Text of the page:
Archive for the ‘Survival Skills’ Category

Spring time in Texas is unpredictable and this year was no different. Planning for the Survival Skills day camp took a lot of thought and even more praying. Storms, rain and wind threatened our camping fun, but once again the Lord hedged us and cleared the day for us.

This year’s camp was held at beautiful Black Creek Lake.


Our day began at 8:00 am sharp.


It took a lot of effort on everyone’s part to set up camp. 005-IMG_8046006-IMG_8051007-IMG_8052008-IMG_8054.JPG

The fire was especially difficult this year considering the damp and the wind and it took everyone huddled together to make it happen. I am very happy to say that for the first time ever, the fire was started with a flint and dryer lint. A great victory!


Once the fire was going the shelter was next. This also took team work because of the wind.



Some very quickly moved onto the fishing . . . .



While others focused on the pancakes.


After tummies were full of pancakes and hot cocoa, it was time for kayaking.




There was some more fishing . . .


more kayaking . .


whittling . . . .

playground fun . . .

hiking . . .



and camp fire talk .


Lunch time came quickly, more wood was added to the fire and the hot dogs were on.



We topped off our lunch with some delicious s’mores.


I am so grateful for the parents and students for all their help! It was a wonderful day thanks to all of you.

See you there next year!


And let us consider how we may spur one another on toward love and good deeds, not giving up meeting together, as some are in the habit of doing, but encouraging one another—and all the more as you see the Day approaching.  Hebrews 10:24-25






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Let me just start by saying Glory to God in the Highest!

With storms and rain in the forecast we did not know if this day camp would happen, but through much prayer and the tender care of our Lord, the rains paused long enough to make it happen. It was the most perfect day (of course it was, He planned it that way), gorgeous weather, little wind and He did it just for us!!!

This years Survival Skills day camp was held at the Black Creek Lake.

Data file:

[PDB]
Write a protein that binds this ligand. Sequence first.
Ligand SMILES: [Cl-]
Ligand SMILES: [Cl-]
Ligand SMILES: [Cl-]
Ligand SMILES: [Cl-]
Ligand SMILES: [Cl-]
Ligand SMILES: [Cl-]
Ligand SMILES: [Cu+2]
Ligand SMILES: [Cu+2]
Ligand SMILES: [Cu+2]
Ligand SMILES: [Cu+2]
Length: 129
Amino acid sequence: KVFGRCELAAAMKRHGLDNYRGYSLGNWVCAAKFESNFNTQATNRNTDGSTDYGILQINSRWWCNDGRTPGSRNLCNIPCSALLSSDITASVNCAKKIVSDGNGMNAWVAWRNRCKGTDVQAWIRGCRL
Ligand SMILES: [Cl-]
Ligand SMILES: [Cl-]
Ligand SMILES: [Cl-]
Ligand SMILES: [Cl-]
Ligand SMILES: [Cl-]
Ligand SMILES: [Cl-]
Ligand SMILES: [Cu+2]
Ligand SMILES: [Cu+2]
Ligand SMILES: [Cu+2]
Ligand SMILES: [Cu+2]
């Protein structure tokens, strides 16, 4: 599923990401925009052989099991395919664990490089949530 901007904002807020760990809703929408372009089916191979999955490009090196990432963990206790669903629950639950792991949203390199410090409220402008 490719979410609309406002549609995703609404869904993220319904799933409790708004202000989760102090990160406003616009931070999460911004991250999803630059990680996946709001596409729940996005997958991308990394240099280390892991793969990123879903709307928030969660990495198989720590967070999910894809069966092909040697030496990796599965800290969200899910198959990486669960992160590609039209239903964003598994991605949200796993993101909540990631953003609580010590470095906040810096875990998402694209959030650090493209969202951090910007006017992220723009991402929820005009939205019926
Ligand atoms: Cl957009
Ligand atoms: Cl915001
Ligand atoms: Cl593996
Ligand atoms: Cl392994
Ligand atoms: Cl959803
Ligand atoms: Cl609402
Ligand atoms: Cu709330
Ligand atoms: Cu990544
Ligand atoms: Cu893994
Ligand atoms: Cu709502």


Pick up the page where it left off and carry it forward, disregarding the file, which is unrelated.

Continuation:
The day was started by setting up camp.

The camp fire was started and the tent was put up.


Pancakes and hot chocolate were cooked over the campfire and served up with loads of butter and syrup. Yummy!




There were plenty of good places to go exploring.


Then it was fishin’ time!


There were a few fish caught, but they all were thrown back into the lake. But it sure was fun catching them.


Kayaking was at the top of the list of things to do. The lake was the perfect size for it and the wind was calm enough to ride the kayaks the entire time.



Lunch time was soon upon us and we cooked up some hot dogs on the camp fire. We served chips and sweet tea along with the the hot dogs.


What better way to end lunch and the camp than with s’mores.


It was a wonderful day at Black Creek Lake! Thanks to the parents and students for all the help! For coming and helping set up and tear down, and for sending food!

Until next year . . . .


When He utters His voice, there is a tumult of waters in the heavens, And He causes the clouds to ascend from the end of the earth; He makes lightning for the rain And brings forth the wind from His storehouses.

Jeremiah 51:16

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Texas is a great place to be if you every find yourself in the predicament of needing to use your survival skills. 

Our survival skills class has already discovered  the astonishing Mesquite tree with it’s tasty bean pods. You can check it out here:


Our next discovery was just as surprising–Prickly Pear Cactus!  Texas has no short supply of yet another annoying little plant that covers every. entire. inch. of the state. Well . . . not exactly, but it sure seems like it does, it’s everywhere! In fact, it is just a few yards outside my front door, in every direction. Little did I know what gems that existed within my reach.                    Image


The tops of the cactus, which is the fruit can be made into candies, jellies and smoothies. But we concentrated on the green part called the pad.




The pad is full of spines, so we scraped them off with a knife and cut it up into long, thin pieces. 




Then we boiled it in water with an onion and some garlic for 40 minutes, then let it cool. 





Next we fried them in oil until they were almost crisp, then salted them–salt is a must!



Then comes the tasting?!?!?!



Everyone agreed that they tasted a lot like green beans . . . . but wait!



The wonder of these plentiful prickly plants is that not only do they survive the extreme Texas weather, but there are some medicinal properties as well.  The Prickly pear cactus can be used to help control type 2 diabetes and for high cholesterol!  

I have had a change of heart, the Prickly Pear Cactus is definitely worth a second look.



Now they departed and came back to Moses and Aaron and all the congregation of the children of Israel in the Wilderness of Paran, at Kadesh; they brought back word to them and to all the congregation, and showed them the fruit of the land.  Numbers 13:26